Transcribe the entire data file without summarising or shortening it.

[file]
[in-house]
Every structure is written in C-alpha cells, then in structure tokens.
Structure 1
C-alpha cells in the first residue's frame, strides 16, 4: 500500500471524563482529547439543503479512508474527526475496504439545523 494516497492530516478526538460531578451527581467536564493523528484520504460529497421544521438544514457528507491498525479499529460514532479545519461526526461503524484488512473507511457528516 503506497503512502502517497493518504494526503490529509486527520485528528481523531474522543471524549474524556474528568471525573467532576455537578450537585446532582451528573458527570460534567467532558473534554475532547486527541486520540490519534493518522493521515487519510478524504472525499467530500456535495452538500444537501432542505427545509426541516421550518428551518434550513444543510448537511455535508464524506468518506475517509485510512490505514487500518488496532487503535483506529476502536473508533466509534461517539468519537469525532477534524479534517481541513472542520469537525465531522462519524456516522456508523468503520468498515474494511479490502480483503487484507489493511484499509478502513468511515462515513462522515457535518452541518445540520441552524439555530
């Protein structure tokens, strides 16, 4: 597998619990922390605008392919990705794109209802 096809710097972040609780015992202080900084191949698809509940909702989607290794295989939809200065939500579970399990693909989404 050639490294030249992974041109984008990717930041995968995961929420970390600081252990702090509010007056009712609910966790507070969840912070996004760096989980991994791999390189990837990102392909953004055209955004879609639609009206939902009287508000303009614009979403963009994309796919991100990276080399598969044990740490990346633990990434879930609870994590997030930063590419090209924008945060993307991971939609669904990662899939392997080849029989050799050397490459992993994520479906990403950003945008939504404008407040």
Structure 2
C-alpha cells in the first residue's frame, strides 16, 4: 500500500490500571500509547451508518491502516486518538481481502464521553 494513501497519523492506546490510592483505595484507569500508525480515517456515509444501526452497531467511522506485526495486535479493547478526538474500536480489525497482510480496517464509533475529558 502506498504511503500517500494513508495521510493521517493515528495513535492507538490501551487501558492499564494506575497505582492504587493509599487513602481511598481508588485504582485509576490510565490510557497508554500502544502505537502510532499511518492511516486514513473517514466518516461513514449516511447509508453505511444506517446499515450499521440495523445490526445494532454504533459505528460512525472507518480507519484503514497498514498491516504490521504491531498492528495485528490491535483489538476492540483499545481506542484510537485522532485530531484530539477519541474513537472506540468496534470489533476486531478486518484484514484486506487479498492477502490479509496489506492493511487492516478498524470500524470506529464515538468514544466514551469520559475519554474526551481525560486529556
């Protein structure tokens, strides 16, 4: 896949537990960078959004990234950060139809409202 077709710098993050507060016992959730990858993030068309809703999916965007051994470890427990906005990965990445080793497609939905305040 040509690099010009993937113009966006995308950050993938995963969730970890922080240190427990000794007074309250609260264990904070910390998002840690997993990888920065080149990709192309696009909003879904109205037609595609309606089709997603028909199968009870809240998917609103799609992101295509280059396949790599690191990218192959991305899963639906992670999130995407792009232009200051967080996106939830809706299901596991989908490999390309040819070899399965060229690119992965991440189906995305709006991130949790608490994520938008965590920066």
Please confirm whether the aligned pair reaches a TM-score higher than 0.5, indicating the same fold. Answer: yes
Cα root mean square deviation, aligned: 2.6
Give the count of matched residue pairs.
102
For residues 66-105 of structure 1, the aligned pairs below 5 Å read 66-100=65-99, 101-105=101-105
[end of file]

[in-house]
Every structure is written in C-alpha cells, then in structure tokens.
Structure 1
C-alpha cells in the first residue's frame, strides 16, 4: 500500500471524563482529547439543503479512508474527526475496504439545523 494516497492530516478526538460531578451527581467536564493523528484520504460529497421544521438544514457528507491498525479499529460514532479545519461526526461503524484488512473507511457528516 503506497503512502502517497493518504494526503490529509486527520485528528481523531474522543471524549474524556474528568471525573467532576455537578450537585446532582451528573458527570460534567467532558473534554475532547486527541486520540490519534493518522493521515487519510478524504472525499467530500456535495452538500444537501432542505427545509426541516421550518428551518434550513444543510448537511455535508464524506468518506475517509485510512490505514487500518488496532487503535483506529476502536473508533466509534461517539468519537469525532477534524479534517481541513472542520469537525465531522462519524456516522456508523468503520468498515474494511479490502480483503487484507489493511484499509478502513468511515462515513462522515457535518452541518445540520441552524439555530
């Protein structure tokens, strides 16, 4: 597998619990922390605008392919990705794109209802 096809710097972040609780015992202080900084191949698809509940909702989607290794295989939809200065939500579970399990693909989404 050639490294030249992974041109984008990717930041995968995961929420970390600081252990702090509010007056009712609910966790507070969840912070996004760096989980991994791999390189990837990102392909953004055209955004879609639609009206939902009287508000303009614009979403963009994309796919991100990276080399598969044990740490990346633990990434879930609870994590997030930063590419090209924008945060993307991971939609669904990662899939392997080849029989050799050397490459992993994520479906990403950003945008939504404008407040």
Structure 2
C-alpha cells in the first residue's frame, strides 16, 4: 500500500490500571500509547451508518491502516486518538481481502464521553 494513501497519523492506546490510592483505595484507569500508525480515517456515509444501526452497531467511522506485526495486535479493547478526538474500536480489525497482510480496517464509533475529558 502506498504511503500517500494513508495521510493521517493515528495513535492507538490501551487501558492499564494506575497505582492504587493509599487513602481511598481508588485504582485509576490510565490510557497508554500502544502505537502510532499511518492511516486514513473517514466518516461513514449516511447509508453505511444506517446499515450499521440495523445490526445494532454504533459505528460512525472507518480507519484503514497498514498491516504490521504491531498492528495485528490491535483489538476492540483499545481506542484510537485522532485530531484530539477519541474513537472506540468496534470489533476486531478486518484484514484486506487479498492477502490479509496489506492493511487492516478498524470500524470506529464515538468514544466514551469520559475519554474526551481525560486529556
């Protein structure tokens, strides 16, 4: 896949537990960078959004990234950060139809409202 077709710098993050507060016992959730990858993030068309809703999916965007051994470890427990906005990965990445080793497609939905305040 040509690099010009993937113009966006995308950050993938995963969730970890922080240190427990000794007074309250609260264990904070910390998002840690997993990888920065080149990709192309696009909003879904109205037609595609309606089709997603028909199968009870809240998917609103799609992101295509280059396949790599690191990218192959991305899963639906992670999130995407792009232009200051967080996106939830809706299901596991989908490999390309040819070899399965060229690119992965991440189906995305709006991130949790608490994520938008965590920066």
Please confirm whether the aligned pair reaches a TM-score higher than 0.5, indicating the same fold. Answer: yes
Cα root mean square deviation, aligned: 2.6
Give the count of matched residue pairs.
102
For residues 66-105 of structure 1, the aligned pairs below 5 Å read 66-100=65-99, 101-105=101-105